Demna: The video game and “The Simpsons” project, I discussed this with [Balenciaga chief executive officer] Cédric [Charbit] in March 2020, just when the pandemic was starting and I realized I would need to come up with other ways of showing the collections in the future.
For a lot of these projects, you need more than three, five or six months to make, like for “Afterworld,” it took us almost nine months to make the video game, and “The Simpsons” was also quite unpredictable. So I do have a tendency to start doing my projects in advance. For example, next year is fully planned out.
Of course, there are always surprises and I like to surprise. There’s always space for that. But there is a core. There is a destination, I need to have that. Otherwise, it’s like sitting in a taxi and not knowing where you are heading. That would be weird.
But when it comes to my collections, they just evolved gradually. It’s an evolution. I think the tracksuit jacket I made in my last collection was better than the one before because you keep working on products that are close to your aesthetic and you keep evolving them into a better version. It’s like an iPhone. I don’t know if the iPhone 13 is much better than iPhone 12, but it’s still a little bit better for sure.
WWD: You made quite the splash at the Met Gala by masking yourself and Kim Kardashian West. What was the thinking behind this?
Demna: Does it really mean privacy when I put a mask on my face? Maybe if I do that, yes. But when a celebrity does it, somebody like Kim? The whole Met thing went ballistic, and Halloween was full of costumes that mimicked that. I found it quite interesting the effect it can have. Maybe it wasn’t Kim; maybe it was her body double. Nobody, apart from me, is 100 percent sure. You don’t even need to see the face, because sometimes your body, your shape, your silhouette can be more of a brand than the actual face, and I find that really fascinating from an anthropological point of view.
WWD: How was it for you, being on the beige carpet at the Met?
Demna: It’s like the opposite of my comfort zone. I felt really like I was on a different planet. The mask was really a kind of a shield between me and whatever was happening around, so I could pretend it’s almost not me, because I felt so uncomfortable there. At the same time, I couldn’t see much, and that made me less anxious. It really helped me to survive it in some way.
WWD: There’s a big show-business part of Balenciaga, yet behind the scenes you continue to quietly expand the product universe. What’s next up your extra-long sleeve?
Demna: The fashion segment is really important and has been from the beginning of my chapter at Balenciaga. As a designer, in general, the fashion part is a very important part because I love fashion, I love using fashion to stand out, to be different, to have my own identity. But sometimes it can be quite extreme, it’s definitely not for everyone.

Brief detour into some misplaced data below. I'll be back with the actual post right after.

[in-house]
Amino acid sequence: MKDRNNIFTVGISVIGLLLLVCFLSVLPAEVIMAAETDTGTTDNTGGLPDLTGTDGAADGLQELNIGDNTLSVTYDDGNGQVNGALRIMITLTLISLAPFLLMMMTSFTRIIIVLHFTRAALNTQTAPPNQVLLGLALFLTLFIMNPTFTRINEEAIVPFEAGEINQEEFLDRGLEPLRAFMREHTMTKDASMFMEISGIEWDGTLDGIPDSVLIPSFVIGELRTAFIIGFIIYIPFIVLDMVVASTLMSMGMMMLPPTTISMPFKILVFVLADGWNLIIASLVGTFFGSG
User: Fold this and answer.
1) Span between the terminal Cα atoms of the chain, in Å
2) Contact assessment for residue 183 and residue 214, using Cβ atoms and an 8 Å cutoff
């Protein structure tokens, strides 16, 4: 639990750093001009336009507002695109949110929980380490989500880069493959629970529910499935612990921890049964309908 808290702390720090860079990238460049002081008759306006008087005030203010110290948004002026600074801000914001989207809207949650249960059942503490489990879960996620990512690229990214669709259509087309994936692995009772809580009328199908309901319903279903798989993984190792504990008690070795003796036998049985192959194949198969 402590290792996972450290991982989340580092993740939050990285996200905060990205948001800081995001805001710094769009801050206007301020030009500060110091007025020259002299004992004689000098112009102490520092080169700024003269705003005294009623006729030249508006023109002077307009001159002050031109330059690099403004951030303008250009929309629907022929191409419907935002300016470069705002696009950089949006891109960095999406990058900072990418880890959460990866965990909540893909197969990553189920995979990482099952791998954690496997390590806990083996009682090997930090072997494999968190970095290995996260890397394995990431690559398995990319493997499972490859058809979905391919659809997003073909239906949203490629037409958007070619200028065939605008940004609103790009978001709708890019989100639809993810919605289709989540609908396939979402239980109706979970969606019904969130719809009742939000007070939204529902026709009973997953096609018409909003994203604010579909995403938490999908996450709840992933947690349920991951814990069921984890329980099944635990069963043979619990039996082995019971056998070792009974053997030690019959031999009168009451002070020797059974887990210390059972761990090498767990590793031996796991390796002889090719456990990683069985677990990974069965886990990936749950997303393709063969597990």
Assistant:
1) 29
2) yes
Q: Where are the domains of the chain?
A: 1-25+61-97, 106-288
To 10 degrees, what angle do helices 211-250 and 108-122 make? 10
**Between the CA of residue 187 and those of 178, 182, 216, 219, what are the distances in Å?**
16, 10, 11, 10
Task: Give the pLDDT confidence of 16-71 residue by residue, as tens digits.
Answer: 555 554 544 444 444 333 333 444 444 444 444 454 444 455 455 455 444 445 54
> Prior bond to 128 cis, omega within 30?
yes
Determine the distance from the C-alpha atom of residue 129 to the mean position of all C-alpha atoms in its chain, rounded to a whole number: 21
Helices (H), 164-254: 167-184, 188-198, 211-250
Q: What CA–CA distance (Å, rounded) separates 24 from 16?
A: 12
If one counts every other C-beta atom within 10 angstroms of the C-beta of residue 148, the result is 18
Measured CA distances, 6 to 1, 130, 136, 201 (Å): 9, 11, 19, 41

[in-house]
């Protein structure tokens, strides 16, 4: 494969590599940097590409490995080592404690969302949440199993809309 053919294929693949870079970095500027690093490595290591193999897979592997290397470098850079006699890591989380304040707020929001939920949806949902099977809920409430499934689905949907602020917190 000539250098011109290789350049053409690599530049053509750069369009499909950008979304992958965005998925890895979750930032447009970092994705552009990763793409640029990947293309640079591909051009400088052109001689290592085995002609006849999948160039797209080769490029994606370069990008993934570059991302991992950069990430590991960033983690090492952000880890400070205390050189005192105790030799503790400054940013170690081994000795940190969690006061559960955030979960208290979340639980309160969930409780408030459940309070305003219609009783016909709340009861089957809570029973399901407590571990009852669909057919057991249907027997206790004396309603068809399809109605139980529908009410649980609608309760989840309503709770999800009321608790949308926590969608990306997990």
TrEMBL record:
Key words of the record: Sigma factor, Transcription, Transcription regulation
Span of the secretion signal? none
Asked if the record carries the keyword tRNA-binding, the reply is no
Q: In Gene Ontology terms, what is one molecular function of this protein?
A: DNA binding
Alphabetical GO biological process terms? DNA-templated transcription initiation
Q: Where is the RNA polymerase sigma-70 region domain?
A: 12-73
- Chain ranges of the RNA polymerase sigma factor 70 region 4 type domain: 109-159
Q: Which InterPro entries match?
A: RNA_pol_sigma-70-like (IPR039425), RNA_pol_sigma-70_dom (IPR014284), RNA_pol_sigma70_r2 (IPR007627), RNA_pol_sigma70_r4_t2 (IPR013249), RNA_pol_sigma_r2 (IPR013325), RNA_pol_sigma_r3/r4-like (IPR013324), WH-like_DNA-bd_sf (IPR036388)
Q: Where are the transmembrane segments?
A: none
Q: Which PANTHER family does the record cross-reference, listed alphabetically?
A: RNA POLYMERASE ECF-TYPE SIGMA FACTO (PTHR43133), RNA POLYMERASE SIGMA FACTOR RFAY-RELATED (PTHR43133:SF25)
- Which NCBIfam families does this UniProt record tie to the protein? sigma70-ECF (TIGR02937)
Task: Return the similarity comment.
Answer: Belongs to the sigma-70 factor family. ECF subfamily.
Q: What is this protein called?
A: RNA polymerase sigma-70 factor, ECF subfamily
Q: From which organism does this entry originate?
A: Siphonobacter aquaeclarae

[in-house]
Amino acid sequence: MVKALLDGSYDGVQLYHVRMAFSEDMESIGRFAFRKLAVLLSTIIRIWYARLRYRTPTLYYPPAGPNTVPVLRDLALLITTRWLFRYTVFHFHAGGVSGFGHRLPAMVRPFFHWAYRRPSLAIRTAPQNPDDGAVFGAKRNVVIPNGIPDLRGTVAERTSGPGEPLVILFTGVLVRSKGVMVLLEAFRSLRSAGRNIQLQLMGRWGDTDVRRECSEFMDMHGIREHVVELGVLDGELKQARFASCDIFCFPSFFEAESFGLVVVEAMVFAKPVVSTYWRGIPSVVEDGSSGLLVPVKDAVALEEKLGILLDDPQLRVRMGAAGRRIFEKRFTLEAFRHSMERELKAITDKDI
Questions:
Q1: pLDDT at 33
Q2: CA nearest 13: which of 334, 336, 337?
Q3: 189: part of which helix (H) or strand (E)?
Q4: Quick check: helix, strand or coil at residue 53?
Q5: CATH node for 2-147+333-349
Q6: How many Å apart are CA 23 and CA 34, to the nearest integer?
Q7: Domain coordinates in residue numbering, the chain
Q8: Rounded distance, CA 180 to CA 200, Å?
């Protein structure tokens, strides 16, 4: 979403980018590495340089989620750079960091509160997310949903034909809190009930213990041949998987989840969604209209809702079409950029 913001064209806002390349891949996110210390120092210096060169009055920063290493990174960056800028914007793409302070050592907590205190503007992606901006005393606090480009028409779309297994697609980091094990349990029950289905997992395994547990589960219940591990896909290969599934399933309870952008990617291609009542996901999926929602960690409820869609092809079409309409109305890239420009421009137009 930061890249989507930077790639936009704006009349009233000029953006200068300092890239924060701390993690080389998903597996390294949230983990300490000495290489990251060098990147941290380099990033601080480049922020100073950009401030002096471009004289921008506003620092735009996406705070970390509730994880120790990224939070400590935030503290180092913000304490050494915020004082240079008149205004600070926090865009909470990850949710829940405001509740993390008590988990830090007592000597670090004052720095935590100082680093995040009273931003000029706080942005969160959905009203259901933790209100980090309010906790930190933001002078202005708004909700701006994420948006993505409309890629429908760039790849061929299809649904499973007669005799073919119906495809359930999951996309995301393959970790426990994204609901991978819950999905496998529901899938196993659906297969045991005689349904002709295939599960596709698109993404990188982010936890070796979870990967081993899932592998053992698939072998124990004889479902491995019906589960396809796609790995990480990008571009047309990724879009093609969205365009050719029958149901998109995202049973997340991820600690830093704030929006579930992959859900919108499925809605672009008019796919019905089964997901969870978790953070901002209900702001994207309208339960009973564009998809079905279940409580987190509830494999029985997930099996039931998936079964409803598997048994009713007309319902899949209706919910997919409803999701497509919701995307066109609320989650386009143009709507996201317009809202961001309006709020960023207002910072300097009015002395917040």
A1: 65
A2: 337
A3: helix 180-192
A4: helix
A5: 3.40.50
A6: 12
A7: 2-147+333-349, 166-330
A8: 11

Then there are commercial products that are easy. I call them merch products, you know — T-shirts and sneakers and things like that.
But then there is this other part of clothing that I always love and I actually come from there. You know, the first piece that I really made myself with my hands was a single-breasted, tailored jacket for men. I really come from tailoring in terms of my fashion education, more than from deconstruction, and I kind of miss that a bit. So what’s coming next is this idea of a very classic wardrobe that has no season, is kind of timeless, and in terms of quality is much more elevated than the fashion part, but obviously not as crazy elevated as couture.
I realized I’m missing a layer in my vision for Balenciaga and in the range of products that I do, and that is basically a classic wardrobe. It’s really like a wardrobe in its most classic, sartorial elevated way. Obviously, I do play slightly with fit and proportion, but in a very different way than what we usually do in seasonal collections. So this is one of the main things that I started working on this year, apart from the launch of couture, which is going to be released sometime next year. I’m very excited about that part, which is a very new language in my aesthetic that I don’t think people really are aware of yet.
WWD: Designers find their rewards in many places: press acclaim, business success, cultural relevancy or just seeing people wear their clothes. What drives Demna in this business?
Demna: Every morning, I go into my dressing room and ask myself, “What’s the fashion today? What is it about? What is going to make me feel good today in accordance to my mood, the silhouette and all that?” So this is probably my relationship with fashion, actually really defining my identity in some way.
But I have to say, recently I have noticed something, and maybe this is actually what really drives me rather than being self-centered in the morning about what I’m going to wear.
I saw some kids skating on the streets here in Zurich. The way they were dressed, they looked like me 15 to 20 years ago, in terms of silhouette, in terms of super-long sleeves, an outline that is very specific to me. And those kids were not wearing any of my clothes. There were no brands really. Today, this is almost the style of a generation somehow. It’s not even fashion anymore, it’s just style. I brought something into a mainstream and it actually doesn’t even belong to me anymore. But it’s out there and it lives on its own life on those kids.
Those kinds of things really drive me and make me want to go further, get more out of my comfort zone and do things that end up on other people, somewhere out there. I don’t even know them. Maybe I’ll never see them. But it just becomes this style.